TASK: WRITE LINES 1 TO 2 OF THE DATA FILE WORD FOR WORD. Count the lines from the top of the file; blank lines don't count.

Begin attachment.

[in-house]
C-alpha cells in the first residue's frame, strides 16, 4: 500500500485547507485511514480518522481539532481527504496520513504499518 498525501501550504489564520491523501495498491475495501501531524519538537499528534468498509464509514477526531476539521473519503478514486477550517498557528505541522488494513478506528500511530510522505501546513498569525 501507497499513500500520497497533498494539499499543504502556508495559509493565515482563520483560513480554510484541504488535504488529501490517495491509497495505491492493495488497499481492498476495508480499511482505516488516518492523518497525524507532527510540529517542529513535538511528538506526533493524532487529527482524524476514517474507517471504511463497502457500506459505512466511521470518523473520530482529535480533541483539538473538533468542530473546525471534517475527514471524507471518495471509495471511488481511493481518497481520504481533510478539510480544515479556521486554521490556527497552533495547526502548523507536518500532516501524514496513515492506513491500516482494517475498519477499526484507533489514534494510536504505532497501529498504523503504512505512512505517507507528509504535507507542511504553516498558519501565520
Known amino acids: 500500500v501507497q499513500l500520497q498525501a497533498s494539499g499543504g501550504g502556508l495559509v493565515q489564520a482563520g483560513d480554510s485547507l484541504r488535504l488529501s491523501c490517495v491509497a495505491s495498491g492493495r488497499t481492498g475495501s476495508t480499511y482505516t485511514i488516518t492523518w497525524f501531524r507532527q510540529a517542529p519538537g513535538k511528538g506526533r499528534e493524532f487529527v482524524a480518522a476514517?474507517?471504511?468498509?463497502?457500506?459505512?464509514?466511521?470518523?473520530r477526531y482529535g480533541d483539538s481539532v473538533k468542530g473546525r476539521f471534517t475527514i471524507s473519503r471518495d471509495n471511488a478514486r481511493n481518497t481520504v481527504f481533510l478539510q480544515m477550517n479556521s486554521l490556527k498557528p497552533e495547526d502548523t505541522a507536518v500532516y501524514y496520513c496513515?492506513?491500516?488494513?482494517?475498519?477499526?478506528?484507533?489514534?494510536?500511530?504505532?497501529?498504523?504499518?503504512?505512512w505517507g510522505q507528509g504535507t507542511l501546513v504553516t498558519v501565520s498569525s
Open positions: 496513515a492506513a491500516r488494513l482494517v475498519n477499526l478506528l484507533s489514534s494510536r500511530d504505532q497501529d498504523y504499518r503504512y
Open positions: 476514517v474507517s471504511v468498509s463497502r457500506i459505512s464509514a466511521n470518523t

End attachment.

[in-house]
C-alpha cells in the first residue's frame, strides 16, 4: 500500500485547507485511514480518522481539532481527504496520513504499518 498525501501550504489564520491523501495498491475495501501531524519538537499528534468498509464509514477526531476539521473519503478514486477550517498557528505541522488494513478506528500511530510522505501546513498569525 501507497499513500500520497497533498494539499499543504502556508495559509493565515482563520483560513480554510484541504488535504488529501490517495491509497495505491492493495488497499481492498476495508480499511482505516488516518492523518497525524507532527510540529517542529513535538511528538506526533493524532487529527482524524476514517474507517471504511463497502457500506459505512466511521470518523473520530482529535480533541483539538473538533468542530473546525471534517475527514471524507471518495471509495471511488481511493481518497481520504481533510478539510480544515479556521486554521490556527497552533495547526502548523507536518500532516501524514496513515492506513491500516482494517475498519477499526484507533489514534494510536504505532497501529498504523503504512505512512505517507507528509504535507507542511504553516498558519501565520